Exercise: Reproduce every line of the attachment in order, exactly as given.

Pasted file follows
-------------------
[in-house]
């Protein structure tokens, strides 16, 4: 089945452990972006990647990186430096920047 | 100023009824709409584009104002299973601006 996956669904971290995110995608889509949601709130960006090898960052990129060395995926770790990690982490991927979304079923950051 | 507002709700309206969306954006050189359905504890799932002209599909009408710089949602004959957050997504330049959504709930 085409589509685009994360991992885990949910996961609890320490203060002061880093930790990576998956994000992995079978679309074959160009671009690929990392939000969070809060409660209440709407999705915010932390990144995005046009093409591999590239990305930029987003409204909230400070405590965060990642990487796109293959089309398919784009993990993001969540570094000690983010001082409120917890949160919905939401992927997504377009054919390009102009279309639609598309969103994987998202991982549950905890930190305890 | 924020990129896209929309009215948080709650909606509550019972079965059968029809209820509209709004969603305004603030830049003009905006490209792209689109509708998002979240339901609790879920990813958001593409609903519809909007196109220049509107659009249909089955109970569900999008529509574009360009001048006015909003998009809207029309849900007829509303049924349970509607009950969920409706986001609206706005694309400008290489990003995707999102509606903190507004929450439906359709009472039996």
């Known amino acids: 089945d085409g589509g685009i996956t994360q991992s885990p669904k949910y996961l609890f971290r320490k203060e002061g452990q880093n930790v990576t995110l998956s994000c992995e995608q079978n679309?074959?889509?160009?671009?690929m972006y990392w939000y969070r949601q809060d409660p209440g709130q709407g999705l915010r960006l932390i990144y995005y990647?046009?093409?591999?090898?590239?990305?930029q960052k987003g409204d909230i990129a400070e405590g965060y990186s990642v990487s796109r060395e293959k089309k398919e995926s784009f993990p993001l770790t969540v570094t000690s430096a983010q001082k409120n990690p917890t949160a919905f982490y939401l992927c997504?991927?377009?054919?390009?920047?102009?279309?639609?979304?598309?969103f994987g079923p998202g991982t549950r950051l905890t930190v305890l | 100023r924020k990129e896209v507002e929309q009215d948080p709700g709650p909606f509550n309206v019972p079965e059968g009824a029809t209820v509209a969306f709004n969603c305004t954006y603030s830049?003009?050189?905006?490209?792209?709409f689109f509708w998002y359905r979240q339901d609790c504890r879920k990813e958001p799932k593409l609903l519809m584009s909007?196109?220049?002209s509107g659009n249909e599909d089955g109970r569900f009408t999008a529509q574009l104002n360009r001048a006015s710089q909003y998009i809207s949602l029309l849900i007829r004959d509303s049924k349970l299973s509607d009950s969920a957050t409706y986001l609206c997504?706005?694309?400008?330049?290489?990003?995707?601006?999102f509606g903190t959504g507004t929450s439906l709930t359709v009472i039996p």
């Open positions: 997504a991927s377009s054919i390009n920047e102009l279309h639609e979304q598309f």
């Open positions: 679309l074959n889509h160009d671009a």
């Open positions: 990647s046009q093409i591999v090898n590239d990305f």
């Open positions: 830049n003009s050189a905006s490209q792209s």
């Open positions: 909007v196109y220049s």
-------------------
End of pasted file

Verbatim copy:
[in-house]
């Protein structure tokens, strides 16, 4: 089945452990972006990647990186430096920047 | 100023009824709409584009104002299973601006 996956669904971290995110995608889509949601709130960006090898960052990129060395995926770790990690982490991927979304079923950051 | 507002709700309206969306954006050189359905504890799932002209599909009408710089949602004959957050997504330049959504709930 085409589509685009994360991992885990949910996961609890320490203060002061880093930790990576998956994000992995079978679309074959160009671009690929990392939000969070809060409660209440709407999705915010932390990144995005046009093409591999590239990305930029987003409204909230400070405590965060990642990487796109293959089309398919784009993990993001969540570094000690983010001082409120917890949160919905939401992927997504377009054919390009102009279309639609598309969103994987998202991982549950905890930190305890 | 924020990129896209929309009215948080709650909606509550019972079965059968029809209820509209709004969603305004603030830049003009905006490209792209689109509708998002979240339901609790879920990813958001593409609903519809909007196109220049509107659009249909089955109970569900999008529509574009360009001048006015909003998009809207029309849900007829509303049924349970509607009950969920409706986001609206706005694309400008290489990003995707999102509606903190507004929450439906359709009472039996």
């Known amino acids: 089945d085409g589509g685009i996956t994360q991992s885990p669904k949910y996961l609890f971290r320490k203060e002061g452990q880093n930790v990576t995110l998956s994000c992995e995608q079978n679309?074959?889509?160009?671009?690929m972006y990392w939000y969070r949601q809060d409660p209440g709130q709407g999705l915010r960006l932390i990144y995005y990647?046009?093409?591999?090898?590239?990305?930029q960052k987003g409204d909230i990129a400070e405590g965060y990186s990642v990487s796109r060395e293959k089309k398919e995926s784009f993990p993001l770790t969540v570094t000690s430096a983010q001082k409120n990690p917890t949160a919905f982490y939401l992927c997504?991927?377009?054919?390009?920047?102009?279309?639609?979304?598309?969103f994987g079923p998202g991982t549950r950051l905890t930190v305890l | 100023r924020k990129e896209v507002e929309q009215d948080p709700g709650p909606f509550n309206v019972p079965e059968g009824a029809t209820v509209a969306f709004n969603c305004t954006y603030s830049?003009?050189?905006?490209?792209?709409f689109f509708w998002y359905r979240q339901d609790c504890r879920k990813e958001p799932k593409l609903l519809m584009s909007?196109?220049?002209s509107g659009n249909e599909d089955g109970r569900f009408t999008a529509q574009l104002n360009r001048a006015s710089q909003y998009i809207s949602l029309l849900i007829r004959d509303s049924k349970l299973s509607d009950s969920a957050t409706y986001l609206c997504?706005?694309?400008?330049?290489?990003?995707?601006?999102f509606g903190t959504g507004t929450s439906l709930t359709v009472i039996p």
């Open positions: 997504a991927s377009s054919i390009n920047e102009l279309h639609e979304q598309f």
């Open positions: 679309l074959n889509h160009d671009a």
């Open positions: 990647s046009q093409i591999v090898n590239d990305f």
């Open positions: 830049n003009s050189a905006s490209q792209s």
């Open positions: 909007v196109y220049s």